Refiloe Molefe has vowed to build a new urban farm after the City of Johannesburg bulldozed the site she built in Bertrams. Video: Adel Van Niekerk
Refiloe Molefe has vowed to build a new urban farm after the City of Johannesburg bulldozed the site she built in Bertrams. Video: Adel Van Niekerk

June demolition of Bertrams Urban Farm, running for 16 years, disrupted dozens of feeding schemes. By Adel Van Niekerk.

WATCH The City of Joburg demolished Mama Fifi’s urban farm, but she’s determined to start again

WATCH: Refiloe Molefe has vowed to build a new urban farm after the City of Johannesburg bulldozed the site she built in Bertrams. Video: Adel Van Niekerk

  • Refiloe Molefe, 63, ran an acclaimed urban farm in Bertrams, Johannesburg, for 16 years, providing food and training to thousands of people.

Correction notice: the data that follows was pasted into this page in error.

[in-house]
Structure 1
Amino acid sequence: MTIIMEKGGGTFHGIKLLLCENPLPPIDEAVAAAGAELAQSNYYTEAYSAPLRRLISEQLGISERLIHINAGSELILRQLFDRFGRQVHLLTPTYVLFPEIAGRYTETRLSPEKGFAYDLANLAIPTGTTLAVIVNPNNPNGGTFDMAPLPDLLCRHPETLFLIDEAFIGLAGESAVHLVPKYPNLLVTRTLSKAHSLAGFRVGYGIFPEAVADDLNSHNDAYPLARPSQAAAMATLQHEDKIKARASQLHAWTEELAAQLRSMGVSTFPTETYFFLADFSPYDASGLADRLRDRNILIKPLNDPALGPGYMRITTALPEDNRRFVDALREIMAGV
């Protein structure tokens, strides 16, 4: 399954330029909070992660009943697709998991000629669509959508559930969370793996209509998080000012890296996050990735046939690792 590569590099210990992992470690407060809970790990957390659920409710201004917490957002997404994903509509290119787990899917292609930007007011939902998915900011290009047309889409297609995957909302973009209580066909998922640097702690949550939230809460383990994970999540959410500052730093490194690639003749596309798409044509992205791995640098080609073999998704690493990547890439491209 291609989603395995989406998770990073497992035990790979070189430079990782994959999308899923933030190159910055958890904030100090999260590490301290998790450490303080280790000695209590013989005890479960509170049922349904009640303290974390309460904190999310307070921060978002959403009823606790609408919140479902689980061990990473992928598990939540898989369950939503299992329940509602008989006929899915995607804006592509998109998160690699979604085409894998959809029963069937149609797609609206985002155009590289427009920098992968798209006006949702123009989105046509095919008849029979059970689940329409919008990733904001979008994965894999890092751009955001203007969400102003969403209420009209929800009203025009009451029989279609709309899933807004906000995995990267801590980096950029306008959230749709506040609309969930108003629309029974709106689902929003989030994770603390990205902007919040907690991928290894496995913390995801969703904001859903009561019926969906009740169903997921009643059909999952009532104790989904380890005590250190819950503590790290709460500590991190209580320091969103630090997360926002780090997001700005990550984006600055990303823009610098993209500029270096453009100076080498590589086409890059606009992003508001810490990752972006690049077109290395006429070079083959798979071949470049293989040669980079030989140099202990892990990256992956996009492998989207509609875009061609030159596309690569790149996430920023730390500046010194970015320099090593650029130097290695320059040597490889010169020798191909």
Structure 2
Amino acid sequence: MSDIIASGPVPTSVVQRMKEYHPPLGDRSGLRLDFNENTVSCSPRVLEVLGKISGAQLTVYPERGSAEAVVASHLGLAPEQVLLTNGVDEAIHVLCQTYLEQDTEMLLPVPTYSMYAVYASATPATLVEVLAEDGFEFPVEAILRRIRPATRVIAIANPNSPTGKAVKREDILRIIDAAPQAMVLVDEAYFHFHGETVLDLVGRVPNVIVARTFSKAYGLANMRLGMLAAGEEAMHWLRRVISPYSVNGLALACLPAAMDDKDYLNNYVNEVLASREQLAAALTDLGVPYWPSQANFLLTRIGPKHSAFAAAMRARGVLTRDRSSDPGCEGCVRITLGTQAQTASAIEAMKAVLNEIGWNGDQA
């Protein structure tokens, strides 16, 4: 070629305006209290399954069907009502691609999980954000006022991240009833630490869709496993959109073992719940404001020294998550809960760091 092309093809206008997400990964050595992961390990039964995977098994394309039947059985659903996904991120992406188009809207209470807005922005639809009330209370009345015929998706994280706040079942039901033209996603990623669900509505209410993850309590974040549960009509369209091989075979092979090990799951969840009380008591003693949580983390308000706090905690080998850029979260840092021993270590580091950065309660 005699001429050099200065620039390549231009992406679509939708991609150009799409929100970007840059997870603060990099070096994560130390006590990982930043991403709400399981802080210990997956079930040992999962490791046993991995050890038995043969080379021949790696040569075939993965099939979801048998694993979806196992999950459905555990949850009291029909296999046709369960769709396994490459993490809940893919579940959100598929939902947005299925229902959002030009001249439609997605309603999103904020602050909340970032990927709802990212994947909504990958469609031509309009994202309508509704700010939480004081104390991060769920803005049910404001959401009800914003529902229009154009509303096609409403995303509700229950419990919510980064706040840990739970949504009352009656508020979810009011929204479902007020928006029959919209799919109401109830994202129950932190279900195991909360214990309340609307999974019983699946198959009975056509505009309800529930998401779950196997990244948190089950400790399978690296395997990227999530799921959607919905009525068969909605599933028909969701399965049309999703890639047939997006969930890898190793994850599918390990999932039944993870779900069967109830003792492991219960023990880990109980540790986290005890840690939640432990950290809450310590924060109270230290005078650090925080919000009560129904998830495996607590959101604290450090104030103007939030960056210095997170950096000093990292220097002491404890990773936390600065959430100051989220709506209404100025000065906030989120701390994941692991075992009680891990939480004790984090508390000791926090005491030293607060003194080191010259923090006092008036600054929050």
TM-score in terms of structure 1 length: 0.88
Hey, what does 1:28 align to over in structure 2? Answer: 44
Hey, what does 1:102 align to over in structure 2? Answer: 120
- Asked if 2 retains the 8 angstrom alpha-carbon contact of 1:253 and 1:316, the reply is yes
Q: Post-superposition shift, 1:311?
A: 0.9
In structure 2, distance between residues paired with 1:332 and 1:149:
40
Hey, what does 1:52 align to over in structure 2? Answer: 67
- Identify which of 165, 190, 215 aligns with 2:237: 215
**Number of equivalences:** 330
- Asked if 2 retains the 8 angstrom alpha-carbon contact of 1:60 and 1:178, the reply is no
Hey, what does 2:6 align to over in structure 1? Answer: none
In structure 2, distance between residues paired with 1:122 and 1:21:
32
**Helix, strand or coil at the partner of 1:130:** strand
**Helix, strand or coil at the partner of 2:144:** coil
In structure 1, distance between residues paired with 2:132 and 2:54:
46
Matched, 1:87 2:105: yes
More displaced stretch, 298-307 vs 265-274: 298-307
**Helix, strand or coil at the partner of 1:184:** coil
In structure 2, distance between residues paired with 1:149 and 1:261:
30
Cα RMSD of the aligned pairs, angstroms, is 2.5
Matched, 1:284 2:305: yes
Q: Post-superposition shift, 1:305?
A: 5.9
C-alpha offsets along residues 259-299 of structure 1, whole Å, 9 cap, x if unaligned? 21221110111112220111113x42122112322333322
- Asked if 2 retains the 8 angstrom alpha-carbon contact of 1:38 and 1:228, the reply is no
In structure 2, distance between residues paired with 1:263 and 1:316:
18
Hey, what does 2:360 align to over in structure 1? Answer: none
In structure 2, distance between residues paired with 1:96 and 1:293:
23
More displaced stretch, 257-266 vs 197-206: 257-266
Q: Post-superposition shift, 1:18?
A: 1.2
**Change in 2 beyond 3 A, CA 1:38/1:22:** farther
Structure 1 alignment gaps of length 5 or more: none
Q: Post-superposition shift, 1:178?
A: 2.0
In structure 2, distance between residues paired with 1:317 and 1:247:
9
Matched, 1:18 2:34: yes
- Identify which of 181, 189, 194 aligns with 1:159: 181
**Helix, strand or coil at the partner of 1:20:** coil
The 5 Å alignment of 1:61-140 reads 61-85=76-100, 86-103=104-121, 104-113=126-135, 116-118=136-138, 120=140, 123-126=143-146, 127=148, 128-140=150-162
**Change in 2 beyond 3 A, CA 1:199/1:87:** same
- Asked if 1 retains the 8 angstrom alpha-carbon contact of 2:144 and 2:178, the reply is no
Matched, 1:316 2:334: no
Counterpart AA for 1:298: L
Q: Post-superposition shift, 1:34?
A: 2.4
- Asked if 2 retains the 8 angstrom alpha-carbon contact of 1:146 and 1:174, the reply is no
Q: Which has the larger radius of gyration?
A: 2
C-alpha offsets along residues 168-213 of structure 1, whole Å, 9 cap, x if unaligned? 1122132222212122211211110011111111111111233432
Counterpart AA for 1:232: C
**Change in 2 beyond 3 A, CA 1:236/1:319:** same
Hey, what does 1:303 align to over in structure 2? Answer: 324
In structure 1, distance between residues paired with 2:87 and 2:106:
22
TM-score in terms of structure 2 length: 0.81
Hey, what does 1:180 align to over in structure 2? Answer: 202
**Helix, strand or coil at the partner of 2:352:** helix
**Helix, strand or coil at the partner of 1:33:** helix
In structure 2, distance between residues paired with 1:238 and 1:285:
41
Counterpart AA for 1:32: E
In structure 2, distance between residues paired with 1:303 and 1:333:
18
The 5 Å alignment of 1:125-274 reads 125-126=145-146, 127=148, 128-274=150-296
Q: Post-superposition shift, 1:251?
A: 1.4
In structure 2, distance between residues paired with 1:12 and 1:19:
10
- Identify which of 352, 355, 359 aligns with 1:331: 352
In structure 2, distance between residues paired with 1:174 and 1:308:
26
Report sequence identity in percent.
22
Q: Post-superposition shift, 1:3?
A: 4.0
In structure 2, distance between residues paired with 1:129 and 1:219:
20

• The two-acre plot of land was owned by the City of Johannesburg, and Molefe cultivated it with their permission.


  • In June, the City bulldozed her farm. It plans to establish a “One-Stop Social Development Service Centre” on the site.

  • But Molefe vowed to continue farming.

Refiloe Molefe, known to many as Mama Fifi, is determined to rebuild her thriving inner city farm after her acclaimed Bertrams urban farming project was taken over by the City of Johannesburg and its fields bulldozed in June. Her donations to a network of feeding schemes were brought to a halt, as well as a youth training agri-programme, both of which have benefited thousands of people over the years.

Molefe, 63, began to build the Bertrams Inner City Farm in 2006 after she saw that many people in her community were going hungry. She approached the local council and asked if she could use a vacant two-acre plot of land in the Johannesburg suburb of Bertrams. The City of Johannesburg agreed.

“I was looking after the small children of mothers who had to go out working, but realised that these children were going to bed hungry,” she told GroundUp. Molefe decided to grow organic produce to feed these children. Soon the initiative took up all of her time. “I knew I could help more children and their families by focusing on growing food.”